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Sex enhancement product ingredients can be risky

Products marketed to enhance sexual performance, such as the one used by Lamar Odom at a Crystal brothel, might contain other ingredients that can pose risks to users, especially when used in combination with other drugs.

Much more information is needed before any determination can be made about the cause of Odom's health complications, medical professionals said last week. The former NBA basketball star was hospitalized Oct. 13 after being found unconscious at the brothel.

Unapproved remedies for erectile dysfunction may include combinations of undisclosed ingredients or excessively high doses, both potentially dangerous situations, U.S. Food and Drug Administration officials say.

"I could take two herbal supplements off the shelf, and they could claim to be the same thing, and they won't be anything alike," said Jason Penrod, a member of the Nevada State Board of Pharmacy. "The only way you can know for sure is to take your 'herbal Viagra' to UNLV or UNR and analyze it in a biochemistry lab."

The FDA released in a bulletin Oct. 1 that lab tests found undisclosed drug ingredients in 300 different products marketed as alternatives to Viagra, Cialis and Levitra. Men who take products and herbs not approved by the U.S. Food and Drug Administration might be ingesting substances that have no effect at all.

"They may or may not be effective," Dr. Michael Verni of the Urology Center of Las Vegas said. "All the vitamin makers have to prove is that their products are not harmful. They don't have to prove they work."

An array of products marketed to address a man's inability to get or keep an erection are available online or at stores in the Las Vegas Valley. They have brand names such as Viaxius, Steel-Libido and Extense, and contain many ingredients including horny goat weed, various vitamins and epimeduim sagittatum, a hormone.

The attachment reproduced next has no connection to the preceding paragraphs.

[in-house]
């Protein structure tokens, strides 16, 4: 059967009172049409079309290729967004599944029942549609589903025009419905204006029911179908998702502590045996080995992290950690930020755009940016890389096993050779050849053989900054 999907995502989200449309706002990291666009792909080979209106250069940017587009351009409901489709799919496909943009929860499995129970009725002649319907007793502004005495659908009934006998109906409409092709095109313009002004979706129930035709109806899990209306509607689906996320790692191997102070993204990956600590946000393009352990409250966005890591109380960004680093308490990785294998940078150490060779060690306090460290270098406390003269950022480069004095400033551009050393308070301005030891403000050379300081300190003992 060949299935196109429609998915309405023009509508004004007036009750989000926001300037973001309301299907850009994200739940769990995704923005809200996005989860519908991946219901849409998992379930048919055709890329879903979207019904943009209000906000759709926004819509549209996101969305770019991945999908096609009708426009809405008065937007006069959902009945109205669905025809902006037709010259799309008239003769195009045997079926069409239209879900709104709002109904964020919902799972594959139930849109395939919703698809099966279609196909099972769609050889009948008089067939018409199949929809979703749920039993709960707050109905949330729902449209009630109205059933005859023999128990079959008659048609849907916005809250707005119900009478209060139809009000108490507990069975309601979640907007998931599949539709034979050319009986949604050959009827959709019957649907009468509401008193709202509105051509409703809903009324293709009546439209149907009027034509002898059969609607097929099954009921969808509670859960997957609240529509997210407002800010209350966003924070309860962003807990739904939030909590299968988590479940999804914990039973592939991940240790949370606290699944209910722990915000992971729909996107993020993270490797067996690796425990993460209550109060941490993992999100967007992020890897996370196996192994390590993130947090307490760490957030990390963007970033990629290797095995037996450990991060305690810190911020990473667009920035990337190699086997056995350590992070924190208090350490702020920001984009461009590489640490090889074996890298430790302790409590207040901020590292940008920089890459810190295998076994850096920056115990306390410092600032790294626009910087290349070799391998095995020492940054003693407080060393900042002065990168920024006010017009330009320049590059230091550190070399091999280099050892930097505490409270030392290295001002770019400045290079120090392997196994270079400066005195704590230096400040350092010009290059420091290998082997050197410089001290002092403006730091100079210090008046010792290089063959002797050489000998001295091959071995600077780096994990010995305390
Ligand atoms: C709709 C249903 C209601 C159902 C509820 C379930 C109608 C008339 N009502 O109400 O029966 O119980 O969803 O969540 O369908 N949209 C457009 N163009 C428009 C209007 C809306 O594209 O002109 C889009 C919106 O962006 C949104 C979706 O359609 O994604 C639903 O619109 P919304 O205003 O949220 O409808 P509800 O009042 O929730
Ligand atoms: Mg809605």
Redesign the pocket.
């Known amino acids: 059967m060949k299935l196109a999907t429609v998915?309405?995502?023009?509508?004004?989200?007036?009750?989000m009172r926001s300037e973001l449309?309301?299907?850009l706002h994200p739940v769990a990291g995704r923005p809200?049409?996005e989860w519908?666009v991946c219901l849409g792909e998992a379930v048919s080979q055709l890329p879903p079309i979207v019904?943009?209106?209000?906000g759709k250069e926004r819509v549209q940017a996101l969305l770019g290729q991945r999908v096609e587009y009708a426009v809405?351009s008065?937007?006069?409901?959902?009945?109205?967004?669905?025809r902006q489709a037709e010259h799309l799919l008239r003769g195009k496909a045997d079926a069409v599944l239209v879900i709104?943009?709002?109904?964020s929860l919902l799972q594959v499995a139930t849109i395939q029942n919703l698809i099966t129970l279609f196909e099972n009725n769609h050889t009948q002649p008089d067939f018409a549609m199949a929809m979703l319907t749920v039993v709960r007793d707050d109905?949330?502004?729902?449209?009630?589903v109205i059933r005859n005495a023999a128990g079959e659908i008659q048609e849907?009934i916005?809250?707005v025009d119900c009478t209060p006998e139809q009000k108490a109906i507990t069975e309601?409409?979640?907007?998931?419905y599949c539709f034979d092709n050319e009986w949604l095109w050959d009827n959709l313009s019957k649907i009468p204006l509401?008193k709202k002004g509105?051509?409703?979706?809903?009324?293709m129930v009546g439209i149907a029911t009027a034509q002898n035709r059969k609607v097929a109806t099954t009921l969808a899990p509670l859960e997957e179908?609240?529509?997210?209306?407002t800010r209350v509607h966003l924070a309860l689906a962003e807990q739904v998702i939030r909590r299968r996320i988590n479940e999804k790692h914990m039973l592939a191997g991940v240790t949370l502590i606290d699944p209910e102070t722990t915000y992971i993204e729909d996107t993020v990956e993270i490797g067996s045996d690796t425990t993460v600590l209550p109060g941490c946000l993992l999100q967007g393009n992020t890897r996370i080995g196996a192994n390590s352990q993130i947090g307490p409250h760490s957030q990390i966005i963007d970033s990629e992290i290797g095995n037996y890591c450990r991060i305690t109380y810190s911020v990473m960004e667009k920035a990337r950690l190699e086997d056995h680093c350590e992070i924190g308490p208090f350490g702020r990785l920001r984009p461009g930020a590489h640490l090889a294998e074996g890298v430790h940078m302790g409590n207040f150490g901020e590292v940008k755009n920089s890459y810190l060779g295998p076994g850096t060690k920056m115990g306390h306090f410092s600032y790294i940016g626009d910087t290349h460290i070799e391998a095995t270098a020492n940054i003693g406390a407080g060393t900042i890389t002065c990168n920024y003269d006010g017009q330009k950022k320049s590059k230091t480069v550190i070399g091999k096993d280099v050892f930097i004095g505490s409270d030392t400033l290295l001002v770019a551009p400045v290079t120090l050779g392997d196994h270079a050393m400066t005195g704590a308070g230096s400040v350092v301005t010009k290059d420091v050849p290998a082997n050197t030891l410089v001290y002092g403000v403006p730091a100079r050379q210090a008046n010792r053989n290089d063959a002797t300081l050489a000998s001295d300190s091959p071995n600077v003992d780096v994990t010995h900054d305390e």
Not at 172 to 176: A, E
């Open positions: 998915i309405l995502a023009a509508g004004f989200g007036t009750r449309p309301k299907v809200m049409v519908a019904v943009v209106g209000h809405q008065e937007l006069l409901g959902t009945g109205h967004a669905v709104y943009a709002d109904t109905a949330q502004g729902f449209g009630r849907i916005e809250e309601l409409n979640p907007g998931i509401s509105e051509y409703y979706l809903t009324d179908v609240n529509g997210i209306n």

Viagra was developed for its blood-pressure lowering effect, but results were less than what pharmacologists hoped to achieve, Penrod said. Another effect of Viagra, however, was improved blood flow, and that's what provides relief to many men with erectile dysfunction.

One of the most fundamental medical rules is that doctors need to know everything a patient is taking, from prescription medications to over-the-counter supplements to home remedies. Only by knowing how those substances work together can a clear picture of the benefits and risks be determined.

Alcohol can increase the effect of drugs used to treat erectile dysfunction, and patients on those medications are advised against combining them. The FDA bulletin warns of the risk of taking Viagra with nitrates, which can lower blood pressure to an unsafe level. Nitrates are used to treat chest pain associated with reduced blood flow to the heart and to ease the symptoms of congestive heart failure.

People with diabetes, high blood pressure, high cholesterol or heart disease are often prescribed drugs containing nitrates, and men with those conditions commonly suffer from erectile dysfunction.

"Before we give any nitrates in an emergency situation, we have to ask if they're taking any medications for erectile dysfunction," University Medical Center Chief of Staff Dr. Dale Carrison said. "That would put them at profoundly high risk of experiencing hypotension, low blood pressure."

Before any man tries to address his symptoms of erectile dysfunction, Verni said, he needs to discuss his condition with a licensed professional who has kept up to date with the latest continuing medical education to benefits, risks and side effects of any medications or treatments.

Many patients who need medications to control their high blood pressure resist using them because they're concerned the reduced blood pressure will affect their sexual performance.

Verni said such concerns are almost always unfounded.

"The blood pressure side effects are rare," he said. "We work together with their other doctors and cardiologists to adjust their medications to treat their symptoms and improve their quality of life."

Contact reporter Steven Moore at smoore@reviewjournal.com.

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